Ideas about testing and verifying code generated by typed template haskell
In the recent practical experience of myself, Jamie and Andes we have felt the need for some more support for verifing that the programs that we generate using typed template haskell adhere to certain properties we had in mind.
This ticket is a public place to write down some of these ideas so they are not lost forever.
Size of subtrees
We want to be able to assert, at compile time, that the size of the generated code bares some known relationship to a statically known input. For example, the generated code is linear in the size of the input list.
In order to implement this we need the compiler to be able to report the size of a quotation. If the size of a quotation can be inspected then the assertion functionality can be built into a library.
Certain constructors are not present
We want to assert that in generated code certain constructors are not present. In particular, asserting that generic constructors never appear is an important property. In our own closed programs you can know this with reasonable confidence but in a hypothetical open world where people provide more staged interfaces, a rogue library may inefficiently implement an operation.
This would be a limited analysis at first because you can easily call already compiled functions in your generated code but can't inspect their definition.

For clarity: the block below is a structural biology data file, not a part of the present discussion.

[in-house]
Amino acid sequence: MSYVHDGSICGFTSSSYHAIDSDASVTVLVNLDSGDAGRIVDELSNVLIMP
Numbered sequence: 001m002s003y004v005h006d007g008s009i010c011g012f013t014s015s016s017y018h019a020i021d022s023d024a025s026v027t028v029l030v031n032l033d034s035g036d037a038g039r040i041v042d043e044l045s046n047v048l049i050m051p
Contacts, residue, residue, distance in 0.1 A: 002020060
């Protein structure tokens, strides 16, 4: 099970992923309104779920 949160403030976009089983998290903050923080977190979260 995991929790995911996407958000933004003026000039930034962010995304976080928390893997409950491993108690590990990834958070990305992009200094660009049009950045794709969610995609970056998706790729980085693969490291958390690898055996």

Thresholds for generating programs
A common mistake that people make when writing a staged program is to create an infinite compile time loop which generates an infinitely sized program rather than generating a loop which executes at runtime. This is much easier to do than when writing normal programs. It would be good if there was a limit as to how much recursion you were allowed to do at compile time so that beginners can get a good warning rather than puzzle, like we all did, about why the program is looping forever.
Other compile time evaluation features in GHC such as type class resolution and the inliner already have these warnings built in.
Warning for CSP by lifting
In general, cross-stage persistence is bad. It makes it easy to accidentally create bloated programs if you accidentally use a variable at the wrong stage. For advanced users it should be possible to at least issue a warning if your program contains a cross-stage reference as you probably didn't mean it. If you did mean it, write it using an explicit splice and lift.
Use overloaded quotes in order to perform analysis at runtime?
In order to perform some other verification it could be possible to instead perform runtime code generation by using overloaded quotations and inspecting the generating